• Gillian Sims

My little Mozambican friend

Updated: Jun 26, 2018

Three weeks ago we were joined at the milk clinic by three very premature additions.

Two were twins, carried in on the backs of mum and grandma with no special treatment, as if the fact that they were alive at all was reason enough to throw them head first into life’s great hall of hardship. The third was carried in by a grumpy aunt, demanding milk because the baby’s mother had apparently gone crazy, run away and abandoned her child (although mum later arrived at a subsequent clinic in seemingly good mental health).

While the volunteers cooed at the lethargic looking babies, lucky to weigh 2kg at most, their prematurity to me was painfully obvious. Hospital cards reported the babies to have been born at 30 weeks gestation and their dates of birth made them each a week old. I laughed to myself at the thought of 30 week old infants surviving the African bush for a whole week without support. Mozambican newborns are not considered fragile like babies at home, they are expected to survive the same hardships as everybody else, and so are treated with alarming indifference.

My quick examination confirmed that all three babies had a well developed suck reflex, making them roughly 35 weeks and much more likely to survive. Weighing them however, showed they were losing far too much of what little weight they were born with, so my first priority was nutrition. With the help of a translator I gave my “Breastfeed as often as is physically possible” speech. I could see from the glazed faces and occasional giggle that my advice was being taken with a grain of salt. These Mozambican mamas would treat these babies the same way they treated all their babies – by feeding them if they cried. This would not work for such premature babies. They were going to need formula.

Formula demonstration in Africa
Formula demonstration in the dust, using a translator

I worked my way through a formula demonstration resisting the same glazed stares and puzzling amusement. Would any of this advice make any difference?!

I addressed the families and explained how much to give each baby. I was hit with the realisation that the concept of three hourly feeds was beyond these families.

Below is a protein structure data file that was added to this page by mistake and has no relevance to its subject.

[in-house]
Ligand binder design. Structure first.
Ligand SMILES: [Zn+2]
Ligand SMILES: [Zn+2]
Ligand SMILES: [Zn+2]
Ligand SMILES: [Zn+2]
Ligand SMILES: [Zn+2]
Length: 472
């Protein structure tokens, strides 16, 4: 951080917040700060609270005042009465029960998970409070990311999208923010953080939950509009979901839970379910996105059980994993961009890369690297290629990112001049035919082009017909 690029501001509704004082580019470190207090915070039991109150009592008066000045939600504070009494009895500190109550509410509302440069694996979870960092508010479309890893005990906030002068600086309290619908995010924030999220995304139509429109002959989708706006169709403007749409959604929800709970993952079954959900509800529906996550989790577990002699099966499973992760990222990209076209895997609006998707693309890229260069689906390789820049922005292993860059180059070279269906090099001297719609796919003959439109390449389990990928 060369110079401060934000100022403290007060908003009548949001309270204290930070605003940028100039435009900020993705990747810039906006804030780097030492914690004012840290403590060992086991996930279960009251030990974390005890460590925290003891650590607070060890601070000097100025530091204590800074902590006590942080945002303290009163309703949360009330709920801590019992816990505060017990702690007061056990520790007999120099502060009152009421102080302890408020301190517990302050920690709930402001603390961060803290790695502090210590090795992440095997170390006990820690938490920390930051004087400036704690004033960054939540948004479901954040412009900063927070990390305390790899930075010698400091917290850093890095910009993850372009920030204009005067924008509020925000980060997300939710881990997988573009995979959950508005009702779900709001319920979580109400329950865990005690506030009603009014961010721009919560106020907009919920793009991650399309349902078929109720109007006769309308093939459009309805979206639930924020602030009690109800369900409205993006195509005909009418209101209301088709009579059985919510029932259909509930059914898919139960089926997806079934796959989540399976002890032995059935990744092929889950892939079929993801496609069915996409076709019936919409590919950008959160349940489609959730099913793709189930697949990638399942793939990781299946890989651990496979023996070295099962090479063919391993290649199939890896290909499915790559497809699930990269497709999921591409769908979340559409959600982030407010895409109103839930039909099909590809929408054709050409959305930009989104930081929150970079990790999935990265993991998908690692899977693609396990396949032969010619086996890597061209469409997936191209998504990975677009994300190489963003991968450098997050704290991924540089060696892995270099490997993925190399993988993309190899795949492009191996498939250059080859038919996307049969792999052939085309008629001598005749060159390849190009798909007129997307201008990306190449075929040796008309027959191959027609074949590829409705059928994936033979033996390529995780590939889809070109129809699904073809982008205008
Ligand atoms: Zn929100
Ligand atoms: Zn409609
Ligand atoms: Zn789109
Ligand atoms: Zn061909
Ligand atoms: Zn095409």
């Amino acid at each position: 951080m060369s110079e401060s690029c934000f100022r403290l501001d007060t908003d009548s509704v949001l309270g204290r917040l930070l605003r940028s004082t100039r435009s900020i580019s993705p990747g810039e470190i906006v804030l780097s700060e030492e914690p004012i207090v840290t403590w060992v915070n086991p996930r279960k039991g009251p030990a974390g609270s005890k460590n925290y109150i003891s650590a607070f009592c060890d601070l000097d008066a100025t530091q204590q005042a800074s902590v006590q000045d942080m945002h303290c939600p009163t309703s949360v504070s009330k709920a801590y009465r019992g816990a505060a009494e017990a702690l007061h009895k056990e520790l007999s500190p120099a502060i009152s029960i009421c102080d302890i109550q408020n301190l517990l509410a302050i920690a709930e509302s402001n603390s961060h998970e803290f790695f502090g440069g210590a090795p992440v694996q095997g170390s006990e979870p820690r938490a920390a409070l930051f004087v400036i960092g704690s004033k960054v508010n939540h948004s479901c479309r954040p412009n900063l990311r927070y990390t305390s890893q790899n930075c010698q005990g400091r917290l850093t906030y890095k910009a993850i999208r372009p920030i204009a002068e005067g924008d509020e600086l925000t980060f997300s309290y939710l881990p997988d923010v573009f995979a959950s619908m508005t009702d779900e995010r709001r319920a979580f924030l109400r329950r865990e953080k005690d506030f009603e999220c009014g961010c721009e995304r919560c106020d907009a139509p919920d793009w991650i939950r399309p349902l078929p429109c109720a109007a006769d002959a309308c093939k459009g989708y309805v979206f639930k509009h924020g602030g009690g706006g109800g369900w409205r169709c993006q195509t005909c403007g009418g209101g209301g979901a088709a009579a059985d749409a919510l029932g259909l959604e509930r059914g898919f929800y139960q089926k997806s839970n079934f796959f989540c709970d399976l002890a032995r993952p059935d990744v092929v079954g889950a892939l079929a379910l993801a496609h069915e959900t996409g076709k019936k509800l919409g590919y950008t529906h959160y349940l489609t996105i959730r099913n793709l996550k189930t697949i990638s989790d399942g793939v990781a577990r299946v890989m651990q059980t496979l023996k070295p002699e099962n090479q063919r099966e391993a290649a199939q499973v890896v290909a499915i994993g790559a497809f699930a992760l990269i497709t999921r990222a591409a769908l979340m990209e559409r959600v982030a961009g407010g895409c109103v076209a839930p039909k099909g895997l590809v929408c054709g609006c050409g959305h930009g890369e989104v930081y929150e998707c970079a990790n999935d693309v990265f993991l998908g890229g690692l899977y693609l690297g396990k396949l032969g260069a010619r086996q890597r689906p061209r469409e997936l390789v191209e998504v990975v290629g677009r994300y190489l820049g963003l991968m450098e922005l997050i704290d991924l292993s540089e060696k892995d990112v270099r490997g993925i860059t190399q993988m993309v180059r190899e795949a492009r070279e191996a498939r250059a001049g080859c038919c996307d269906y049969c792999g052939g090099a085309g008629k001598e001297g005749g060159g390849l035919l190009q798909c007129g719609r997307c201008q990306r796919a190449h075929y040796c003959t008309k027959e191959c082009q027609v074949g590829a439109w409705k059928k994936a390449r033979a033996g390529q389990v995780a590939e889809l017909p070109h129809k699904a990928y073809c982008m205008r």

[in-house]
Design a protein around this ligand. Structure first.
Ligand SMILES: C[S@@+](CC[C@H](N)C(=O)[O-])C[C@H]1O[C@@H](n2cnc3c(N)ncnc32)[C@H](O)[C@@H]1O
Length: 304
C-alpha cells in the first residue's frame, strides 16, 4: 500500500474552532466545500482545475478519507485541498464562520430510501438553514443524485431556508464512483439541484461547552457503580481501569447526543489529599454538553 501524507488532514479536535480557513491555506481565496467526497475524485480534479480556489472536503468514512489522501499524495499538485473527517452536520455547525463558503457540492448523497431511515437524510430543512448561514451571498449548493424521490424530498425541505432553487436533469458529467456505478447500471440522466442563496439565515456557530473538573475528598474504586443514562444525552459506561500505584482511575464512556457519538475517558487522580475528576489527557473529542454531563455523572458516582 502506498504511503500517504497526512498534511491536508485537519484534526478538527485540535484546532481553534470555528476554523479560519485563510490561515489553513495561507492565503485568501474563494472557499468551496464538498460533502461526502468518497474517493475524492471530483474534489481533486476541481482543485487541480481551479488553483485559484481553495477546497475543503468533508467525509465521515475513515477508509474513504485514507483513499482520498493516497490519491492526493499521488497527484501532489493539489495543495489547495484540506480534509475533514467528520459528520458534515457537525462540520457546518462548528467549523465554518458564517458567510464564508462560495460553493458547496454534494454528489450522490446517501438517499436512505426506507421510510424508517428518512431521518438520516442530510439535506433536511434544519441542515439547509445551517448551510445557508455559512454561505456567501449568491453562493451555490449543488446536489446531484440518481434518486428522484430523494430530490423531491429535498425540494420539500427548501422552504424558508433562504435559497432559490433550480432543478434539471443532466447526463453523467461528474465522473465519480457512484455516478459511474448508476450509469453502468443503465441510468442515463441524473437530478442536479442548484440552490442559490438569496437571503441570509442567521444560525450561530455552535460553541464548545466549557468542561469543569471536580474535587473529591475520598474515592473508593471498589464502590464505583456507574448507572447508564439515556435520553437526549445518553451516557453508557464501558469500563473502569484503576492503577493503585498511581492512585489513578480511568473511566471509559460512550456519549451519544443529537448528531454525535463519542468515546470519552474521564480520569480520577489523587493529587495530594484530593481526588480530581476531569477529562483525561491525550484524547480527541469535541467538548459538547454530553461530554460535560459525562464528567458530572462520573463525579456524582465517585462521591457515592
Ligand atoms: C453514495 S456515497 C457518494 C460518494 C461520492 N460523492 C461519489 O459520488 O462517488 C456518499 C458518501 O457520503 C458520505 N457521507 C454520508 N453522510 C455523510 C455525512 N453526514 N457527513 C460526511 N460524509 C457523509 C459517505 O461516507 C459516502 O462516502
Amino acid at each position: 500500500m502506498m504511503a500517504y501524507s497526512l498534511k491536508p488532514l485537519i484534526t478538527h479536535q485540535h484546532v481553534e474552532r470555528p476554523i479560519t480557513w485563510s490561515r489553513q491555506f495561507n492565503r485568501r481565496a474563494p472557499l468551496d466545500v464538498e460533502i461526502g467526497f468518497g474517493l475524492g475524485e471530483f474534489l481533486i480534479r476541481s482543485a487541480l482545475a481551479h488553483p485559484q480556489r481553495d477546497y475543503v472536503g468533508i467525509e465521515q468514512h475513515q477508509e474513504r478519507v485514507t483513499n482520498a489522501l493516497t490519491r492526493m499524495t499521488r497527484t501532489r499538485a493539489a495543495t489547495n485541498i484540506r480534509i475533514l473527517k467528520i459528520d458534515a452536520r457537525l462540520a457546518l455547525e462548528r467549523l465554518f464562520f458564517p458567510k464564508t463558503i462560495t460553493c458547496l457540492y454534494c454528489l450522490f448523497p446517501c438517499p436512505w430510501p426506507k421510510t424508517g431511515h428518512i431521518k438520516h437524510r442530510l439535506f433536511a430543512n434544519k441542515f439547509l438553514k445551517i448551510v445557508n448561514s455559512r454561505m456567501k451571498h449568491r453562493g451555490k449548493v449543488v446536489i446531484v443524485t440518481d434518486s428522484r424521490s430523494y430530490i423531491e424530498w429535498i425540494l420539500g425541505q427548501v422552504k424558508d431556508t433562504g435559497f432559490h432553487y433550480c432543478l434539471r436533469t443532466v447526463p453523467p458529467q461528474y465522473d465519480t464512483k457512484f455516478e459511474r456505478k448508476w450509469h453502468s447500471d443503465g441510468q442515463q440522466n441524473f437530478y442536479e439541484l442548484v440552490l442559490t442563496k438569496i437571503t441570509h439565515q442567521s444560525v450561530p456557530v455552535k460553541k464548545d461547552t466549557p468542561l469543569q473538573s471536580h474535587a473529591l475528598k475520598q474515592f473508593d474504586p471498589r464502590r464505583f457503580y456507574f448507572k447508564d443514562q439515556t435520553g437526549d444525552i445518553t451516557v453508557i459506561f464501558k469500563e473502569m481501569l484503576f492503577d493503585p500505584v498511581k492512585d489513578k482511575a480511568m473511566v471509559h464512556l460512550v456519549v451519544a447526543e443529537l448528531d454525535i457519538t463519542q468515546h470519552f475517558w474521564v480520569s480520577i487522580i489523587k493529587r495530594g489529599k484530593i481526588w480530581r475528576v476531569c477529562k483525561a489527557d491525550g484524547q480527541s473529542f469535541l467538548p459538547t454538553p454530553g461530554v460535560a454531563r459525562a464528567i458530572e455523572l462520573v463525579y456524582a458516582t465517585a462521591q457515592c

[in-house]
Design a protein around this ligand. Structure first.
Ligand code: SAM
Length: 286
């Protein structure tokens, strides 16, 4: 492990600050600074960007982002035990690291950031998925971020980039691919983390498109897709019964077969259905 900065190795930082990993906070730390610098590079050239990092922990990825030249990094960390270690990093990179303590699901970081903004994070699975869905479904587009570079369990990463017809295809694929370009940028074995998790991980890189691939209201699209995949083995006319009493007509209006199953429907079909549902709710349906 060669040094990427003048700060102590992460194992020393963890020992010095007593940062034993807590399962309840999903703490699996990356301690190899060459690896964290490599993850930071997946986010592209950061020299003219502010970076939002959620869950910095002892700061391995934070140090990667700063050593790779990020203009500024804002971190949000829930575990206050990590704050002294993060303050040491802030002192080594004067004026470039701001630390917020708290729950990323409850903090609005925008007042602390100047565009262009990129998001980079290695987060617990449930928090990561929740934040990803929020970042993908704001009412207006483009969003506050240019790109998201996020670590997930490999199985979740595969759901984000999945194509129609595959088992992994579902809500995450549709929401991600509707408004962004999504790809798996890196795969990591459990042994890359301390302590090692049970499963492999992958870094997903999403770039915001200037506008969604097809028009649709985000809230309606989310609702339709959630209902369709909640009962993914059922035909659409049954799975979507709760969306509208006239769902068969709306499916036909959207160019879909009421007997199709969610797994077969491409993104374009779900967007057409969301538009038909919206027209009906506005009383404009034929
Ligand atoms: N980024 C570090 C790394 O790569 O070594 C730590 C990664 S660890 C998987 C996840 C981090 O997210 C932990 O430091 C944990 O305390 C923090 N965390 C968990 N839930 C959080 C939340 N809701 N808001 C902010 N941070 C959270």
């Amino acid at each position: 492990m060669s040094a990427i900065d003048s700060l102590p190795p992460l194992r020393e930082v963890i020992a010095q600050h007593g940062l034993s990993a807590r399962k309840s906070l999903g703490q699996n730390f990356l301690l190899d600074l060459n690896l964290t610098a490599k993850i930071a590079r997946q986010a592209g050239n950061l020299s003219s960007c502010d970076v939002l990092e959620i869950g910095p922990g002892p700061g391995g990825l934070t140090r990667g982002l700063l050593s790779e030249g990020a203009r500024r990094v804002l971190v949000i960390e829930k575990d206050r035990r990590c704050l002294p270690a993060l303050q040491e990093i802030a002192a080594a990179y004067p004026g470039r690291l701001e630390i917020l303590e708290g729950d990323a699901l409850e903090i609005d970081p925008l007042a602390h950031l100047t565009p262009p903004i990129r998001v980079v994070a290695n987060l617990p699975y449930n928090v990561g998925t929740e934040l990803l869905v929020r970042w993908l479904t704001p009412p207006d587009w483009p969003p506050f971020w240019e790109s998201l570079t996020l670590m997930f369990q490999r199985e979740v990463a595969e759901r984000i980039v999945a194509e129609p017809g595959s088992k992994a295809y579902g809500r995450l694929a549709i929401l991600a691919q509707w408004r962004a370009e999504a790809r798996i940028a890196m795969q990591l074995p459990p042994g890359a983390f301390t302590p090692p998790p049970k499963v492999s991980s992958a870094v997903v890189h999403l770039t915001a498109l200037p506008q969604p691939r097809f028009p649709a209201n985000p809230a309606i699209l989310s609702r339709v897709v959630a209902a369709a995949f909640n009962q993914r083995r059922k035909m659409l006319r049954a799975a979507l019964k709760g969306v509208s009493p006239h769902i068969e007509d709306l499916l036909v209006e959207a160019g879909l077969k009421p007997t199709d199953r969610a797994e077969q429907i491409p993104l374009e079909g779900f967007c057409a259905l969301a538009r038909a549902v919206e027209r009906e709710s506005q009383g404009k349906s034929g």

Did I actually expect these Mozambican women to string up a clock on the walls of their bamboo huts, learn how to tell time and follow it counter-intuitively to everything they know? I had to change tack. “These babies need to be fed at least four times during daylight and four times after dark. You must be very patient, and not let them fall asleep during a feed. You must keep them as close as possible to your skin, you must protect them from the smoke of your cooking fire, you must not let young children, or sick children carry them around…” I could only pray my advice was getting through. Following our formula demonstration with the first bottle, I asked a mum to demonstrate what she had learned with the second. Sure enough, her premature baby took three tiny sucks before it fell asleep and the formula was stored away for the next feed. This was an uphill battle.

Everything in me wanted to scoop all three babies into my arms, carry them back to Pemba and begin around-the-clock care to ensure they were at least given a fighting chance at survival. Instead I waved as each family threw a baby into their wrap and wandered back into unforgiving village life. Sometimes I sense the mothers need as much protection as their babies do. No wonder my concern is amusing to the Mozambicans, for whom death is just a part of life.